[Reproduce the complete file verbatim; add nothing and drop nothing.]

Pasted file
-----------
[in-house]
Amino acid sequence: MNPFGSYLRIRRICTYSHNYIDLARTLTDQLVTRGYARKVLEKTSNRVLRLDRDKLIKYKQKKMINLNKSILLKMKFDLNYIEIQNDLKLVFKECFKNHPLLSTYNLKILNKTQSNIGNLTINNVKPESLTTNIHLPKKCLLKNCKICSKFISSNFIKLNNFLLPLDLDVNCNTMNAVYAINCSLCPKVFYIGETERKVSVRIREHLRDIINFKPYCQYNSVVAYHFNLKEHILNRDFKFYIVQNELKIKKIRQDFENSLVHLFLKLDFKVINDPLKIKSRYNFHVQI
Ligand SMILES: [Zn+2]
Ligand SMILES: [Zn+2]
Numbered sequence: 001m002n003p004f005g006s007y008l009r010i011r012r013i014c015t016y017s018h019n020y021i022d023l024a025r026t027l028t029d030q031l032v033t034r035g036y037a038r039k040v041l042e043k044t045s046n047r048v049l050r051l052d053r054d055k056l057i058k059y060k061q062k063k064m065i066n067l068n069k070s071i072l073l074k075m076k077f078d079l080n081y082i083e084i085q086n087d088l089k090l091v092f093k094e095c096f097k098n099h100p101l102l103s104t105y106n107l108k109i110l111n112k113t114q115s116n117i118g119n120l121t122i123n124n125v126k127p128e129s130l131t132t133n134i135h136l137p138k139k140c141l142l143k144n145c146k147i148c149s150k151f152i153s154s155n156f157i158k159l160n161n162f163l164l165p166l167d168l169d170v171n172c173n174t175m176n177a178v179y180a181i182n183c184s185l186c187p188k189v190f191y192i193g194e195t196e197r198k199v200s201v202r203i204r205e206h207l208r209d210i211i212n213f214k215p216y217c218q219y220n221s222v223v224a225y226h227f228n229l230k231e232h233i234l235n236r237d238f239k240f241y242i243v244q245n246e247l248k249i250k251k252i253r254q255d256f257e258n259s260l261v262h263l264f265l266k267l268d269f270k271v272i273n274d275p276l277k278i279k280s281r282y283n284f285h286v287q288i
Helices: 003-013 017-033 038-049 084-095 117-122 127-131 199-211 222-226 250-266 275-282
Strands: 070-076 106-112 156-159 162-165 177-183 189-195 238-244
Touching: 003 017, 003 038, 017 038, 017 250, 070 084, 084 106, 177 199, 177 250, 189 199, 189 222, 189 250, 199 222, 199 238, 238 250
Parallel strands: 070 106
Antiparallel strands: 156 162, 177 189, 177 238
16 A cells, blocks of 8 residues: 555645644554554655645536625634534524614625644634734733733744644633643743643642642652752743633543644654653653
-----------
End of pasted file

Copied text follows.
[in-house]
Amino acid sequence: MNPFGSYLRIRRICTYSHNYIDLARTLTDQLVTRGYARKVLEKTSNRVLRLDRDKLIKYKQKKMINLNKSILLKMKFDLNYIEIQNDLKLVFKECFKNHPLLSTYNLKILNKTQSNIGNLTINNVKPESLTTNIHLPKKCLLKNCKICSKFISSNFIKLNNFLLPLDLDVNCNTMNAVYAINCSLCPKVFYIGETERKVSVRIREHLRDIINFKPYCQYNSVVAYHFNLKEHILNRDFKFYIVQNELKIKKIRQDFENSLVHLFLKLDFKVINDPLKIKSRYNFHVQI
Ligand SMILES: [Zn+2]
Ligand SMILES: [Zn+2]
Numbered sequence: 001m002n003p004f005g006s007y008l009r010i011r012r013i014c015t016y017s018h019n020y021i022d023l024a025r026t027l028t029d030q031l032v033t034r035g036y037a038r039k040v041l042e043k044t045s046n047r048v049l050r051l052d053r054d055k056l057i058k059y060k061q062k063k064m065i066n067l068n069k070s071i072l073l074k075m076k077f078d079l080n081y082i083e084i085q086n087d088l089k090l091v092f093k094e095c096f097k098n099h100p101l102l103s104t105y106n107l108k109i110l111n112k113t114q115s116n117i118g119n120l121t122i123n124n125v126k127p128e129s130l131t132t133n134i135h136l137p138k139k140c141l142l143k144n145c146k147i148c149s150k151f152i153s154s155n156f157i158k159l160n161n162f163l164l165p166l167d168l169d170v171n172c173n174t175m176n177a178v179y180a181i182n183c184s185l186c187p188k189v190f191y192i193g194e195t196e197r198k199v200s201v202r203i204r205e206h207l208r209d210i211i212n213f214k215p216y217c218q219y220n221s222v223v224a225y226h227f228n229l230k231e232h233i234l235n236r237d238f239k240f241y242i243v244q245n246e247l248k249i250k251k252i253r254q255d256f257e258n259s260l261v262h263l264f265l266k267l268d269f270k271v272i273n274d275p276l277k278i279k280s281r282y283n284f285h286v287q288i
Helices: 003-013 017-033 038-049 084-095 117-122 127-131 199-211 222-226 250-266 275-282
Strands: 070-076 106-112 156-159 162-165 177-183 189-195 238-244
Touching: 003 017, 003 038, 017 038, 017 250, 070 084, 084 106, 177 199, 177 250, 189 199, 189 222, 189 250, 199 222, 199 238, 238 250
Parallel strands: 070 106
Antiparallel strands: 156 162, 177 189, 177 238
16 A cells, blocks of 8 residues: 555645644554554655645536625634534524614625644634734733733744644633643743643642642652752743633543644654653653